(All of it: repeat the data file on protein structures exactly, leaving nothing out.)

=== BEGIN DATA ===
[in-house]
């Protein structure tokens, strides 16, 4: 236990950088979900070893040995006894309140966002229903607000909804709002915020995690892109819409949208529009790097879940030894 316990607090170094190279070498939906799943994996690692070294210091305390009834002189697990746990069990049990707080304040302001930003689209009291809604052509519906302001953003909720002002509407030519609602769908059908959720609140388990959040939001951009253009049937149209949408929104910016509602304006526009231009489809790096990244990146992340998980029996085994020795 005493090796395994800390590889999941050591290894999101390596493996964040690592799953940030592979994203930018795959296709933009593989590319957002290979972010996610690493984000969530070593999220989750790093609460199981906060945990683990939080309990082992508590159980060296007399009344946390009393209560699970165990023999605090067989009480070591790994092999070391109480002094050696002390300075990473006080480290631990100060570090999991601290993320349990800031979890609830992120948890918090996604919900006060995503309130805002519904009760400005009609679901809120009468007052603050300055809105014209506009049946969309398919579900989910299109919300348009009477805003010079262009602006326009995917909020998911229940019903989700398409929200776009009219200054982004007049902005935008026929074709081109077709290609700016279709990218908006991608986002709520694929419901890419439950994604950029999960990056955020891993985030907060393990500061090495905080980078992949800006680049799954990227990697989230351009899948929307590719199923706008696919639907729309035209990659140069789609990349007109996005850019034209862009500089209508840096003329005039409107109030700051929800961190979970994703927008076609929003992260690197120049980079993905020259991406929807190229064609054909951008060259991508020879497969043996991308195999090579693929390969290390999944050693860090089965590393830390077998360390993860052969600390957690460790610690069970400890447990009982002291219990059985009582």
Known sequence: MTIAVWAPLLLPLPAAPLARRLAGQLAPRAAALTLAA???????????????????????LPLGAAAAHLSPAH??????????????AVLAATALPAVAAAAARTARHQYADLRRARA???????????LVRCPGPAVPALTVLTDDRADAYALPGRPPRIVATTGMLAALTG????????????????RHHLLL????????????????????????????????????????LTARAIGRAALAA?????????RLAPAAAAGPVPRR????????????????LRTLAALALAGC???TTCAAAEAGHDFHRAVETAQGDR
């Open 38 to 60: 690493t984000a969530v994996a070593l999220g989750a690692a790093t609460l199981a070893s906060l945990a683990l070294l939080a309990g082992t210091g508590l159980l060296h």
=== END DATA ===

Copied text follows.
[in-house]
């Protein structure tokens, strides 16, 4: 236990950088979900070893040995006894309140966002229903607000909804709002915020995690892109819409949208529009790097879940030894 316990607090170094190279070498939906799943994996690692070294210091305390009834002189697990746990069990049990707080304040302001930003689209009291809604052509519906302001953003909720002002509407030519609602769908059908959720609140388990959040939001951009253009049937149209949408929104910016509602304006526009231009489809790096990244990146992340998980029996085994020795 005493090796395994800390590889999941050591290894999101390596493996964040690592799953940030592979994203930018795959296709933009593989590319957002290979972010996610690493984000969530070593999220989750790093609460199981906060945990683990939080309990082992508590159980060296007399009344946390009393209560699970165990023999605090067989009480070591790994092999070391109480002094050696002390300075990473006080480290631990100060570090999991601290993320349990800031979890609830992120948890918090996604919900006060995503309130805002519904009760400005009609679901809120009468007052603050300055809105014209506009049946969309398919579900989910299109919300348009009477805003010079262009602006326009995917909020998911229940019903989700398409929200776009009219200054982004007049902005935008026929074709081109077709290609700016279709990218908006991608986002709520694929419901890419439950994604950029999960990056955020891993985030907060393990500061090495905080980078992949800006680049799954990227990697989230351009899948929307590719199923706008696919639907729309035209990659140069789609990349007109996005850019034209862009500089209508840096003329005039409107109030700051929800961190979970994703927008076609929003992260690197120049980079993905020259991406929807190229064609054909951008060259991508020879497969043996991308195999090579693929390969290390999944050693860090089965590393830390077998360390993860052969600390957690460790610690069970400890447990009982002291219990059985009582």
Known sequence: MTIAVWAPLLLPLPAAPLARRLAGQLAPRAAALTLAA???????????????????????LPLGAAAAHLSPAH??????????????AVLAATALPAVAAAAARTARHQYADLRRARA???????????LVRCPGPAVPALTVLTDDRADAYALPGRPPRIVATTGMLAALTG????????????????RHHLLL????????????????????????????????????????LTARAIGRAALAA?????????RLAPAAAAGPVPRR????????????????LRTLAALALAGC???TTCAAAEAGHDFHRAVETAQGDR
């Open 38 to 60: 690493t984000a969530v994996a070593l999220g989750a690692a790093t609460l199981a070893s906060l945990a683990l070294l939080a309990g082992t210091g508590l159980l060296h």